HIF-1α promotes primary breast cancer growth, vascularization and metastases to axillary lymph nodes and distant organs (8). Increased HIF-1 expression shows strong correlations with poor prognostic outcomes and low survival rates of breast cancer patients (90). Therefore, targeting the HIF pathway might provide an attractive strategy to treat hypoxic tumors. Agents that inhibit HIF-1α protein accumulation and demonstrate anti-tumor effects include the topoisomerase I inhibitor, topotecan, as well as the cardiac glycoside digoxin (65, 91–93).
Since HIF-1α can be induced by hypoxia-independent signaling pathways, such as motor, ERBB2 (HER2) and MAP kinase, the therapeutic benefits of targeting these pathways may also be partially explained by a decrease in HIF-1α levels (71). Especially triple-negative breast cancers (TNBCs) have a high HIF transcriptional activity and respond poorly to currently available therapies (94). Therefore, HIF inhibitors may be particularly useful in the treatment of TNBCs. Pre-clinical studies suggest that the combination of cytotoxic chemotherapy with drugs that inhibit hypoxia-inducible factors are very promising in this group of patients (8). HIF-1 inhibitors, such as digoxin and acriflavine, showed convincing potential therapeutic effects by decreasing primary tumor growth, vascularization, invasion and metastasis in breast cancer animal models (65, 92, 95). Adding digoxin to paclitaxel or gemcitabine leads to tumor regression in TNBC by blocking HIF-dependent transcriptional responses that promote the resistance of CSCs to chemotherapy (96).
Another aspect might be hypoxia-based treatments, where a synergetic effect with drugs that cause treatment-induced hypoxia, e.g., bevacizumab, is applied (8). Despite compelling evidence-linking hypoxia with treatment resistance and adverse prognosis, the activity of hypoxia-activated drugs also depends on the coincidence of tumor hypoxia, expression of specific prodrug-activating reductases and intrinsic sensitivity of malignant clones to the cytotoxic effector (97). Hypoxia-based drugs have been tested in clinical trials to further validate their efficacy in cancer treatment. However, the failure of 2 major clinical trial efforts (tirapazamine and evofosfamide) calls for further research (97). Hypoxia itself is highly variable between and within individual tumors and is not consistent among all breast cancer subtypes.
In the era of personalized precision medicine, clinical trials are warranted to determine whether anti-hypoxia drugs may increase the survival of breast cancer patients alone or in combination with current therapeutic regimens. It is pivotal to explore the decisive influence of hypoxia on the course of breast cancer in order to gain a deeper understanding of individual disease trajectories and to better forecast them. This knowledge can then be used in the future to develop and implement adequate therapy for each individual patient.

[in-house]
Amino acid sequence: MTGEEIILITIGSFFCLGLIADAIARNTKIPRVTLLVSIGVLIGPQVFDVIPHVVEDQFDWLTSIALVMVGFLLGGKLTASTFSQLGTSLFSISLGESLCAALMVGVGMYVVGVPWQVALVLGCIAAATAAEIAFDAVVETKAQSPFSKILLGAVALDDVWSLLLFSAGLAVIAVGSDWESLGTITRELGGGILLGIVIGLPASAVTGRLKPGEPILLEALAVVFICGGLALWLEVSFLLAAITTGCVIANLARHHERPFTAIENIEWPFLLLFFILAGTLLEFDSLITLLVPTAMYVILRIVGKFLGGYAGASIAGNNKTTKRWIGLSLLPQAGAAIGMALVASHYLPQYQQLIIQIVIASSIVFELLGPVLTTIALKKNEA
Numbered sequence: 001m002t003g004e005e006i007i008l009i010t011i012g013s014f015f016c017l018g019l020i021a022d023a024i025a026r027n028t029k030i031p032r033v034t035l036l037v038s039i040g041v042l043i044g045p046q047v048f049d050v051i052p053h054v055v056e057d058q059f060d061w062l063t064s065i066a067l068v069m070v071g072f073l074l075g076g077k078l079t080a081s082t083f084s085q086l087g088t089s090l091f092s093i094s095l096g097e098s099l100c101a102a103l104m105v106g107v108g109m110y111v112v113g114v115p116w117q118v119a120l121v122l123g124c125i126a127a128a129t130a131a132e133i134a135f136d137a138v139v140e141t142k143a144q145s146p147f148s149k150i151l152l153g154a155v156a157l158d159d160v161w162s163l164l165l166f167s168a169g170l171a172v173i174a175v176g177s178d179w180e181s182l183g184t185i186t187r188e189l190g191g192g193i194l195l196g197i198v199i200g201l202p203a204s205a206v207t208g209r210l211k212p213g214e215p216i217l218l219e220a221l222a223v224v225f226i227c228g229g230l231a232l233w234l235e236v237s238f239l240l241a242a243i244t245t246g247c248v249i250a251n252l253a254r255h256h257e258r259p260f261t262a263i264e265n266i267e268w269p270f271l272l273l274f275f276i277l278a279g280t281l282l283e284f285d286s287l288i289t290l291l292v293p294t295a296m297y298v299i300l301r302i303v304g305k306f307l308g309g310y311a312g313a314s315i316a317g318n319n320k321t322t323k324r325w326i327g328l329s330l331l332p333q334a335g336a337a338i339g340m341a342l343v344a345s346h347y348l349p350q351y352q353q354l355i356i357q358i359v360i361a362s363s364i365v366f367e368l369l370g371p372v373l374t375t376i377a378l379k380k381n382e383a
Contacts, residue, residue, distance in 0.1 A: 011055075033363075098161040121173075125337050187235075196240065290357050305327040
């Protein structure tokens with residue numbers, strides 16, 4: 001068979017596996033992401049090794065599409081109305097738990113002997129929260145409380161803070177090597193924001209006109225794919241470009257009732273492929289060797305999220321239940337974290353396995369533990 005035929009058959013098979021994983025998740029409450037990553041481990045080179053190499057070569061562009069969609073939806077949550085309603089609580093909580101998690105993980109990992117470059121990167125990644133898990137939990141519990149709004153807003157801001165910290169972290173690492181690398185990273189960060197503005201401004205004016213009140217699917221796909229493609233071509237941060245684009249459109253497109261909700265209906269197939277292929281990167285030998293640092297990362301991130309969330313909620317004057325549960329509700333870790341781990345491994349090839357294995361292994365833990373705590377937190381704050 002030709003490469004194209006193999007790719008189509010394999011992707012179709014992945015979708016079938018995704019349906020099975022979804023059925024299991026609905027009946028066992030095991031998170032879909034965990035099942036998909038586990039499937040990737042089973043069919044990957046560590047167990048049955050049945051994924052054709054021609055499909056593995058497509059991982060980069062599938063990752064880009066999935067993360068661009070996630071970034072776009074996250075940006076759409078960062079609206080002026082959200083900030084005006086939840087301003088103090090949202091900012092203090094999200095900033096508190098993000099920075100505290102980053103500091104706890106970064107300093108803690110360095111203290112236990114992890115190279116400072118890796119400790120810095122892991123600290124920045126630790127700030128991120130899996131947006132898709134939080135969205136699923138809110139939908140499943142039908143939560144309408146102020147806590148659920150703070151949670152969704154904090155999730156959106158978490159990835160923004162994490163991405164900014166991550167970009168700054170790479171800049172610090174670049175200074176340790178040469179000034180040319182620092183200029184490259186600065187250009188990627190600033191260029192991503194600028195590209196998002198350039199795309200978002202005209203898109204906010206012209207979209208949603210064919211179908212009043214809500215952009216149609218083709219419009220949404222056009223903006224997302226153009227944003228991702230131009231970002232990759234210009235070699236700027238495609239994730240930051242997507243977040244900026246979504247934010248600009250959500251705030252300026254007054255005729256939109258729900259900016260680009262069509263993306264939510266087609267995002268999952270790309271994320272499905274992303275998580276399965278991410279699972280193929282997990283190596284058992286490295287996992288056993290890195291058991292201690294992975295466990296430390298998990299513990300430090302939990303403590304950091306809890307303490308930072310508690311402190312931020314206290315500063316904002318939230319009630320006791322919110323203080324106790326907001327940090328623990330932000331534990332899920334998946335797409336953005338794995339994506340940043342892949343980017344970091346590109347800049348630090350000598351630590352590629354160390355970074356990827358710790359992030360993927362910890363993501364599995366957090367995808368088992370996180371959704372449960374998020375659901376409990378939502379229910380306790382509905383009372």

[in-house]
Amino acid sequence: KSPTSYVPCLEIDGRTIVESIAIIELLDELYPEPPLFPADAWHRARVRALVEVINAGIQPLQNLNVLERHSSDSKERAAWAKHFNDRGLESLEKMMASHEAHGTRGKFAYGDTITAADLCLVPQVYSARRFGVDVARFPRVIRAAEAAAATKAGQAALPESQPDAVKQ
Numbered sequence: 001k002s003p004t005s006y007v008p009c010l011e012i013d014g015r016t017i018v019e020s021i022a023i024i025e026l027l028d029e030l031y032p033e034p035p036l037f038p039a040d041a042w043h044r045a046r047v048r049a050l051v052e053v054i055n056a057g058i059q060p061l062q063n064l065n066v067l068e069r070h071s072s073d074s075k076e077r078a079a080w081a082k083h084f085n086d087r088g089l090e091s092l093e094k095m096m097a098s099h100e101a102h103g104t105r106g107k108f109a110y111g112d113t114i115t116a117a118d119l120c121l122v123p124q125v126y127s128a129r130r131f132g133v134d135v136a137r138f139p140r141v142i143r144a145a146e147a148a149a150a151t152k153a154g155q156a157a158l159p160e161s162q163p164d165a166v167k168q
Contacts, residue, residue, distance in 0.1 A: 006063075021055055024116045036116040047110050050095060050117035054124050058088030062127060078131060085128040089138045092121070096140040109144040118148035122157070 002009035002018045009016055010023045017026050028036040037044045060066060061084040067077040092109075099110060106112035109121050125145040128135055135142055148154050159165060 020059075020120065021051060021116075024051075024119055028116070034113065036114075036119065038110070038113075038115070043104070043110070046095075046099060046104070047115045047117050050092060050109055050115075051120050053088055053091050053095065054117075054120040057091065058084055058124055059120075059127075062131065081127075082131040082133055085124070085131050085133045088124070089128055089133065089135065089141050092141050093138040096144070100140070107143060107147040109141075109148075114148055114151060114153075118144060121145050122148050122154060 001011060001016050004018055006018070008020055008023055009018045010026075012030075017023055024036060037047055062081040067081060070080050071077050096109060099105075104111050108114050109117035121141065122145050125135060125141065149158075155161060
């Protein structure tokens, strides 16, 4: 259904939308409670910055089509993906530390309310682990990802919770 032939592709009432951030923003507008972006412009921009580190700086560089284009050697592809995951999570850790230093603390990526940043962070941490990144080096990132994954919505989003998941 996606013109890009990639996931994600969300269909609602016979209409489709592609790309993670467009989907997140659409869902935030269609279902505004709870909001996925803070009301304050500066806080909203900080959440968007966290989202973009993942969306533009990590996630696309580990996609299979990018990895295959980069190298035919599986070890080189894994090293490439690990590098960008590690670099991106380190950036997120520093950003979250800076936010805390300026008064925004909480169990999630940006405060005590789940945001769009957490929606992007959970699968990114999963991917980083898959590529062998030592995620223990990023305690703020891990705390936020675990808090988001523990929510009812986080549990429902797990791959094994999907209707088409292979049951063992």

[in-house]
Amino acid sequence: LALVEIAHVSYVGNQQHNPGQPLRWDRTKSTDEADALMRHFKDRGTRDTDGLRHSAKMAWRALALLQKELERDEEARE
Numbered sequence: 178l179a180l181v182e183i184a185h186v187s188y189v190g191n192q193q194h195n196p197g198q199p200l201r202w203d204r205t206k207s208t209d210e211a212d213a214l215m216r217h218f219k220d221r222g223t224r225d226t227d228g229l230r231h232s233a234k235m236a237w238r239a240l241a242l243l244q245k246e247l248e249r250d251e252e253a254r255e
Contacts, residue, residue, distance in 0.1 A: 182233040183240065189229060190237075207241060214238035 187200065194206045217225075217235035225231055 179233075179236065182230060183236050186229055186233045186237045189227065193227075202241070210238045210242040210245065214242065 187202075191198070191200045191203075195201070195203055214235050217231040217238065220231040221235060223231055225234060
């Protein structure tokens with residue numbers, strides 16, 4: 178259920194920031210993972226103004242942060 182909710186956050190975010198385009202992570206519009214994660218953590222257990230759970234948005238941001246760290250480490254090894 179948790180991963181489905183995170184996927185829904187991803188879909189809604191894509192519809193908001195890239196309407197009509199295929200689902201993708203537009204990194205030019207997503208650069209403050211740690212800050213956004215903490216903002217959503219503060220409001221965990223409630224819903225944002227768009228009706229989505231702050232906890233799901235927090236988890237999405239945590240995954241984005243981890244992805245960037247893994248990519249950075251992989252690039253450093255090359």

YZ, HZ, MW, TS, ZX, LK, W-KY, YH, FC, and EB contributed to the writing and editing of the manuscript. All authors contributed to the article and approved the submitted version.
The present study was supported by the Shanghai Yangpu District Health and Family Planning Commission Fund for Hao Yi Shi Training Project (Grant nos. 201742, 2020-2023), the Natural Science Foundation of Shanghai (Grant no. 18ZR1436000). Evelyne Bischof (Ewelina Biskup) was supported by Krebsliga Schweiz, BIL KFS 4261-08-2017. EB was currently enrolled in Cardiopath Ph.D program.
Conflict of Interest
W-KY and YH were employed by the company Cellomics International Limited.
The remaining authors declare that the research was conducted in the absence of any commercial or financial relationships that could be construed as a potential conflict of interest.
We would like to acknowledge Prof. John Robertson of the University of Nottingham for the critical reading of the manuscript and valuable suggestions also thank all of the participants for their participation.
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Keywords: hypoxia, breast cancer, hypoxia-induced factors, biomarkers, oxidative stress, hypoxia-related treatment, precision medicine
Citation: Zhang Y, Zhang H, Wang M, Schmid T, Xin Z, Kozhuharova L, Yu W-K, Huang Y, Cai F and Biskup E (2021) Hypoxia in Breast Cancer—Scientific Translation to Therapeutic and Diagnostic Clinical Applications. Front. Oncol. 11:652266. doi: 10.3389/fonc.2021.652266
Received: 12 January 2021; Accepted: 12 February 2021;
Published: 11 March 2021.
Edited by:Xiaosong Chen, Shanghai Jiao Tong University, China
Reviewed by:Gong Cheng, Harvard University, United States
Inbar Nardi Agmon, Rabin Medical Center, Israel
Copyright © 2021 Zhang, Zhang, Wang, Schmid, Xin, Kozhuharova, Yu, Huang, Cai and Biskup. This is an open-access article distributed under the terms of the Creative Commons Attribution License (CC BY). The use, distribution or reproduction in other forums is permitted, provided the original author(s) and the copyright owner(s) are credited and that the original publication in this journal is cited, in accordance with accepted academic practice. No use, distribution or reproduction is permitted which does not comply with these terms.
†These authors have contributed equally to this work